Not so bright marketing from Bright Eyes

Martin Belam  by Martin Belam, 4 January 2007

Yesterday I came across what I thought was some pretty poor online marketing for the band "Bright Eyes". I'd read some favourable comments about them recently, and so went to visit their homepage. I got greeted by an opening splash screen that wanted to harvest my email address before I could get into the site.


I wasn't actually particularly lured in by the promise of a new streamed track, I just wanted to find out something about the band. I gave my email address and entered the site, to be greeted with a page that only had one link on it - to stream the new song.

And that was it.

No discography, no news, no tour dates, no buy our back catalogue here, no nothing.

It turned out that I didn't like the track, so as part of their 2007 marketing campaign I am now signed up to receive a newsletter from a band that it turns out I don't like, and whose entire website consists of two pages - despite the fact that they have been releasing records since 1998.

Well, I'm sure some marketing team member somewhere will be giving a great PowerPoint presentation about how they generated n number of mailing list sign-ups for the band as part of their bold online marketing strategy.


Of course, what they won't be able to measure is how many of these people like me go on to report the first email we receive on behalf of the band as spam in Gmail, because that is easier than going through a two-click unsubscribe process.


I see there it says "new site coming soon"

>> I see there it says "new site coming soon"

Yes, but most companies or bands don't completely remove all of their web content for a while just because they've got a re-design coming up, or make people sign-up to a newsletter before they discover that the site consists of two whole pages

ok, well, it's a new site anyway

hmm...I don't know if you can read or not...but is clearly says "new Site comming 2007"...if you want Info go to you will want info cause Bright Eyes is a very talented group and their new track is pretty killer too. cheers

>> hmm...I don't know if you can read or not...but is clearly says "new Site comming 2007"

Erm...yes...see my point above. It isn't usual in business to take down your entire site for a while prior to a re-launch - nor to harvest email addresses only to reveal nothing once you've subscribed.

hey you are a dumbass, bright eyes never had a web site, and the one they now have is only temporary, just for the new record Cassadaga, if you want to learn about the band, which is really only one person, go to saddle creek. thats where its been for years. P.S Bright Eyes is amazing.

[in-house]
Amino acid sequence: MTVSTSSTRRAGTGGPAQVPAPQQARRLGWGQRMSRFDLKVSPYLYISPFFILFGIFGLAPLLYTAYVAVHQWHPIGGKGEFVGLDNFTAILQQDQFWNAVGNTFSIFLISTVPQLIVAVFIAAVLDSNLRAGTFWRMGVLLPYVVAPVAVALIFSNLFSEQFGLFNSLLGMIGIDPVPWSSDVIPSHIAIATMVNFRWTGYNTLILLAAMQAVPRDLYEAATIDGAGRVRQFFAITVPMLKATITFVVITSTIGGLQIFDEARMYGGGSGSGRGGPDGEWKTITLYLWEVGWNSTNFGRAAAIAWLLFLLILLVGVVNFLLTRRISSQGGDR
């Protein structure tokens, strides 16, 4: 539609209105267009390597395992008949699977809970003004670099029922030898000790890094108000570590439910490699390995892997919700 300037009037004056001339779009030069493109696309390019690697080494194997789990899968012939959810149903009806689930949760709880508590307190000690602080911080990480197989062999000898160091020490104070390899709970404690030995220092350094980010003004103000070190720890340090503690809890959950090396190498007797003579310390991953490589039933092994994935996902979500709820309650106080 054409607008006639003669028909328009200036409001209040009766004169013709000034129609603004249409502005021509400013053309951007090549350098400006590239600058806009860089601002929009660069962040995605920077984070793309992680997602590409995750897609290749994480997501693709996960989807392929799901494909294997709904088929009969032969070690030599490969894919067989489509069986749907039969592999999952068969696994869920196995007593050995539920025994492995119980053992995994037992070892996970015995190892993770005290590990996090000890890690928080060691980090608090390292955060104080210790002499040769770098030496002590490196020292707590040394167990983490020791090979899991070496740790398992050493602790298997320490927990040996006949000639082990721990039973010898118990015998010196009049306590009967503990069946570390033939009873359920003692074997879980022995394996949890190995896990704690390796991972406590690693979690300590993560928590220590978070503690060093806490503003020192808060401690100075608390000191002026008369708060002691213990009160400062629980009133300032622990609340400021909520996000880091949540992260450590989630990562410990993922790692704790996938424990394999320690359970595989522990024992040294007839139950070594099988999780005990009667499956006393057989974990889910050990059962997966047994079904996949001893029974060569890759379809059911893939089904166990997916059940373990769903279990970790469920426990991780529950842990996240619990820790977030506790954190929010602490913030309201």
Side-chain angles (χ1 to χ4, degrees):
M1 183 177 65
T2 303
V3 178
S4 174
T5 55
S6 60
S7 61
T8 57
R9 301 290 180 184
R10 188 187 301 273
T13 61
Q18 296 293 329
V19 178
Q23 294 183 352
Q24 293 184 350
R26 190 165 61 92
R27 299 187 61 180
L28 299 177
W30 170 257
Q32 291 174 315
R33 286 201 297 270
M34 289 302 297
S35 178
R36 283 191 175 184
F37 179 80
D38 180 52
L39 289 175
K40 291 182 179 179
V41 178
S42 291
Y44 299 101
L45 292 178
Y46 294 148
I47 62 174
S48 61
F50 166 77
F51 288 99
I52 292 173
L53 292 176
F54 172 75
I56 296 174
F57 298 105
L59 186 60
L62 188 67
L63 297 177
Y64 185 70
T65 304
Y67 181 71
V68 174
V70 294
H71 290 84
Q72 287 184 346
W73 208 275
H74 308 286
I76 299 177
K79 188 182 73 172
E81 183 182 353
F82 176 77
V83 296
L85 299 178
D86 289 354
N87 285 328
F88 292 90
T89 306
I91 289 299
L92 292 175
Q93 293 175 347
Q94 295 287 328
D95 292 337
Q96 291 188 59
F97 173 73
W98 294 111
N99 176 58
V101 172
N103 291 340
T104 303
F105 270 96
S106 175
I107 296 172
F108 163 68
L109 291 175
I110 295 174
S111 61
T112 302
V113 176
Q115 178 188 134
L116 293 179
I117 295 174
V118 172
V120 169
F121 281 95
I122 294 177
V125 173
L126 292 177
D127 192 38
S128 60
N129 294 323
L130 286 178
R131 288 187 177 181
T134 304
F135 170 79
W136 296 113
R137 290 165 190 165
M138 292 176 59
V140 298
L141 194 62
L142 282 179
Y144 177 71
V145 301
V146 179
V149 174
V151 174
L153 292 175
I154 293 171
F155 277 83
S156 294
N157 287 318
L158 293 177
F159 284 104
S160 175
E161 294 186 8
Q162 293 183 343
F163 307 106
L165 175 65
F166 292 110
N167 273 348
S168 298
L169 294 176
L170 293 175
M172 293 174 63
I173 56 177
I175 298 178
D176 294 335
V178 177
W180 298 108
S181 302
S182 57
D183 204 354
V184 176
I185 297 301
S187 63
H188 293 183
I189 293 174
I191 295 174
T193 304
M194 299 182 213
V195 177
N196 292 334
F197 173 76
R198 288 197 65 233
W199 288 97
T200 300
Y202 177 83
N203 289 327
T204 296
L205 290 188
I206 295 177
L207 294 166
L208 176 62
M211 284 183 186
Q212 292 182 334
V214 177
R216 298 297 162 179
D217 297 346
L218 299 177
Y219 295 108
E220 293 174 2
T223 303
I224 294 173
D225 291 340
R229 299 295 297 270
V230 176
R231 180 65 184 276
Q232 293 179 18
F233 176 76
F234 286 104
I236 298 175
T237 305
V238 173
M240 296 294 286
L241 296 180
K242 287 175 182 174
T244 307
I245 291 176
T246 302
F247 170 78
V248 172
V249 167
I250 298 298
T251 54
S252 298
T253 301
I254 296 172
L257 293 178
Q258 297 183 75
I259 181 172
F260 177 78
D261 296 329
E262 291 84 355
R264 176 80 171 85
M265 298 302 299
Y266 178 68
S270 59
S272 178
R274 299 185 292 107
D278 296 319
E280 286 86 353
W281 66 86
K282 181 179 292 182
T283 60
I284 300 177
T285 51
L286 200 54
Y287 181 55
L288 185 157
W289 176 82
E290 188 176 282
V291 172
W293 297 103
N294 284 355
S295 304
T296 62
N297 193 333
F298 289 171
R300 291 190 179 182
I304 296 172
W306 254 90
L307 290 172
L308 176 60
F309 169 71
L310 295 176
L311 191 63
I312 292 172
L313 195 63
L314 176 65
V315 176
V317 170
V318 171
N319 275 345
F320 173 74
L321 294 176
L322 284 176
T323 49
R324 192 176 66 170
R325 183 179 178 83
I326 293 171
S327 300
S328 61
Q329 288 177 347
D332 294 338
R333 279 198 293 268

Hey Scott, not sure if you actually read my article?

Regardless of whether Bright Eyes have never had a website, the question this dumbass is asking is why did their marketing team think it such a good idea to harvest my email address on the splash page of a site, and then have no content there, so that I now have them marked as a spammer in Gmail?

I'll say one thing for Bright Eyes, they have obviously picked up a very loyal fanbase who don't like any criticism of the band or their web marketing, judging by the comments I am getting here!

surely its not that taxing to unsubscribe from the mailing list... the site is probably under the control of the label rather than conor himself... and the fact that you listened to one song and decided you hated all of their nearly 10 years worth of music... slightly jaded, are we?

>> slightly jaded, are we?

Well, I don't know about that, but I don't see how you blame me for dismissing the previous 10 years of music when that is exactly the point I am making...that the website was just harvesting email addresses before giving any information. And had nothing to indicate there even was ten years worth of music to dismiss

You could've always gone to Saddle Creek Records, or to get information about Bright Eyes.

They've got a bunch up there, since it was more or less Conors group of friends that started the label.

Sheesh, publishing this was obviously like poking a hornet's nest of fans ;-)

I'm sure Bright Eyes are very good. The point I keep trying to make is that their website harvested my email address, and in return gave me nothing. How was I to know that I had to go to Saddle Creek - there was no link. How was I to know there was ten years of music. There was no information. BUT, they still wanted to obtain my email address before I could even get into the empty site. I'm not talking about whether the artist is any good here - I'm talking about whether an online marketing campaign that insists you sign up to a newsletter first, then gives you nothing in return, is a good idea.

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